Crystal Dey is a staff reporter for the Echo Press. Originally from Minnesota’s Iron Range, Dey worked for newspapers in North Dakota, Florida and Connecticut before returning to her home state to join the Echo Press in October 2011. Dey studied Mass Communications at Minnesota State University Moorhead with an emphasis in Online Journalism. Follow Staff Reporter Crystal Dey on Twitter @Crystal_Dey.
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Spring has finally arrived in Minnesota. Soon lake lovers will be setting their sights on scenes of summer: boating, skiing, canoeing, kayaking, swimming - and, of course, the emergence of watercraft inspectors patrolling for zebra mussels. Residents of Douglas County have grown mindful of what goes into and comes out of area waters. But, if you really love lakes, you're going to need scuba gear and a PVC pipe. Aquatic ecologist Dr.
Free-range CHILDREN. FREE Range-children. Free RANGE children. No matter how you say it, it sounds ridiculous. I heard the term on Z99 earlier this week in an announcement by a Screen-Free Week promoter declaring the arrival of Screen-Free Week . During April 29 through May 5, children, families, schools and communities are supposed to turn off entertainment screen media and "Turn on life!" I have a problem with this for a number of reasons.
Businesswomen are making up for lost time. The 2013 State of Women-Owned Business Report shows a national increase of 59 percent between 1997 and 2013. Had women been given the right to vote and own property at the same time as men, it might not warrant notice. The fact that the number of women owning businesses has grown 1.5 percent times the national average is noteworthy.
Landing on lakes seems to be trending in Alexandria. Around 3:30 p.m. this afternoon a small airplane touched down on Lake Geneva. The pilot was able to get the craft back in the air within 20 minutes of landing. Douglas County Judge David Battey reported the incident to law enforcement who were able to get a visual on the green and white plane from the Geneva Golf Club.
Looking for a new place to canoe, kayak, swim and fish in Minnesota? One may be on its way, at least for future generations. Douglas County has entered into an agreement with Chippewa County and the Minnesota Pollution Control Agency (MPCA) for a Minnesota clean water partnership project. The Chippewa River Accelerated Restoration project aims to clean up the water for better environmental and recreational opportunities. The MPCA is in the process of reviewing a proposed work plan and will loan $100,000 to Douglas County for approved best management practices work projects.
Mother knows best when it comes to the literal law of the land. A public hearing regarding nature's reclamation of wetlands in County Ditch 23 opened Tuesday's Douglas County Commissioners' meeting. Petitioner Jeanne Adams requested abandonment of the upper portion of Branch 17 and all of Branch 18 along with removal of assessed areas of County Ditch 23. The area is south of Blue Jay Way in Ida Township. The original drainage tile was installed in 1923, according to Douglas County Drainage and Agriculture Inspector Tom Anderson.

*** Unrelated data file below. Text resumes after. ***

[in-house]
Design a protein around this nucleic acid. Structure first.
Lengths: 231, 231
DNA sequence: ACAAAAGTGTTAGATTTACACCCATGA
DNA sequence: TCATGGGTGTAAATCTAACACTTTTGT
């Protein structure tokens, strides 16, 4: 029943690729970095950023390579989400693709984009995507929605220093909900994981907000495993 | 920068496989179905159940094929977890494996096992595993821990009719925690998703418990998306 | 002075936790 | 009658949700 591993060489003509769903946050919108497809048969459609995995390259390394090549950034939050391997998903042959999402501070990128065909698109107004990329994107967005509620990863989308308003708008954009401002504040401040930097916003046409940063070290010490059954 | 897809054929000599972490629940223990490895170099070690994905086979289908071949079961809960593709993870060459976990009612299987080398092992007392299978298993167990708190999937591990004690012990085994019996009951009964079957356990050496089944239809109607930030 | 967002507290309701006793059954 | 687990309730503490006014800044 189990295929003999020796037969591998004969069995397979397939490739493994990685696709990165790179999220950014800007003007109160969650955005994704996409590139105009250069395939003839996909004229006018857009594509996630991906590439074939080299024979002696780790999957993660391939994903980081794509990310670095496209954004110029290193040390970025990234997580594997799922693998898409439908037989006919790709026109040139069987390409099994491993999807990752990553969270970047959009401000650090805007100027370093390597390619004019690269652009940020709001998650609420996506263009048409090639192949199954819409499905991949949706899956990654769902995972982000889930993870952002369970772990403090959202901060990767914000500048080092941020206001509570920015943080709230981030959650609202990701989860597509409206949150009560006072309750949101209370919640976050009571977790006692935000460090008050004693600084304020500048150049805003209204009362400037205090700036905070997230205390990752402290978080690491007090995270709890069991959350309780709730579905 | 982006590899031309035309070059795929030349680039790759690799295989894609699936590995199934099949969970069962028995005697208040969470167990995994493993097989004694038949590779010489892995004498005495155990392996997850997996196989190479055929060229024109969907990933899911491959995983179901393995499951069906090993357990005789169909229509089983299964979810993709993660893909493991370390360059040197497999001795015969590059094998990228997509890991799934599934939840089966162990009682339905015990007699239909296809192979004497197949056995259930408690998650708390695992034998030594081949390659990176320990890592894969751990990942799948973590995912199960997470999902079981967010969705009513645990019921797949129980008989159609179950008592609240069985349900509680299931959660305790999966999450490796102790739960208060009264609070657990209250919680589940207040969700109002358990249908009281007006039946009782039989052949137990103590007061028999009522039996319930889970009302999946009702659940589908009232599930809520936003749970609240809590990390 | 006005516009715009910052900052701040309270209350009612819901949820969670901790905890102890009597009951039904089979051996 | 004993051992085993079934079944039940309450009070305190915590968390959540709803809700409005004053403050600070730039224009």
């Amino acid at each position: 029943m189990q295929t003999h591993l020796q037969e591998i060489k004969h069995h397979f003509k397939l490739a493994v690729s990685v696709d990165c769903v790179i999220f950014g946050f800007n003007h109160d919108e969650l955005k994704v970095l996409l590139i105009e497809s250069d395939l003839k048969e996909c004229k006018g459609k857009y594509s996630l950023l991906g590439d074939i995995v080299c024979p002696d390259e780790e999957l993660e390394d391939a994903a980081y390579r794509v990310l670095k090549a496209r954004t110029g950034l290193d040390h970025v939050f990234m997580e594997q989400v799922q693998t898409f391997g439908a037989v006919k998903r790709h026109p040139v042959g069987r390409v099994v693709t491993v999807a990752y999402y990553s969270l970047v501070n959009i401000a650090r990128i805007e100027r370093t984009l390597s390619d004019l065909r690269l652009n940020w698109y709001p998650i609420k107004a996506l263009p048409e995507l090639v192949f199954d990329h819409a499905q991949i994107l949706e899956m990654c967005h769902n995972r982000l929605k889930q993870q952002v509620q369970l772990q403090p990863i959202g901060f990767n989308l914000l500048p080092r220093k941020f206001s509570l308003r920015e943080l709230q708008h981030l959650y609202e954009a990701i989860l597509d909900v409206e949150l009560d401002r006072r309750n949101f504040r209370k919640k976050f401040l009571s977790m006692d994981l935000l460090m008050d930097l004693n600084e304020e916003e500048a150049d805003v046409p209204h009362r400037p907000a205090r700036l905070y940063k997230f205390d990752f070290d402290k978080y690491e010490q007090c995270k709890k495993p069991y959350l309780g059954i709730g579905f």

If economic recovery can be measured by an increase in housing additions, we're feeling much better. Douglas County collected $219,057 in permit fees for 2012; 11 percent more than in 2011. In fact, all but one category saw an increase. Preliminary plats are still lower in comparison with the five-year average. Since 2009, there has been some levelling out and in 2012 there was a significant rise in home addition permitting, said Douglas County Land and Resource Management Director Dave Rush. "2004 was about the peak of activity in Douglas County," Rush said.
Douglas County scored in the upper 30th percentile in a 2013 Minnesota county health ranking. The county comes in at 27 out of 87 counties statewide. Carver County in the metro area ranked healthiest. North-centrally located Cass County, which includes much of the Leech Lake Indian Reservation, ranked lowest. Neighboring Todd County ranked 57. "Of course Douglas County is going to rank higher; we have a younger population," said Douglas County Public Health Director Sandy Tubbs. Tubbs said the numbers are a representation of a population, not an actual measurement of health status.
There's a new officer in town and she's maneuvering her way through the county's manure. Feedlot Officer Deja Anton presented Douglas County commissioners with an annual report covering the condition of farm sites and pastures from January 1 through December 31, 2012. Douglas County has approximately 500 feedlots; 378 are state registered. Feedlots include dairy, beef, swine, poultry and other livestock sites.
The Sauk River Watershed District ( SRWD ) presented it's 10 year report to update Douglas County commissioners on the progress of improving water quality in area lakes and rivers. SRWD Administrator Holly Kovarik explained that by law, watershed districts are required to have a 10 year plan. SRWD reported a 90 percent goal achievement for completing 165 of 183 action items included in it's 10 year plan. "We've done a tremendous amount of assessment in the last decade," Kovarik said.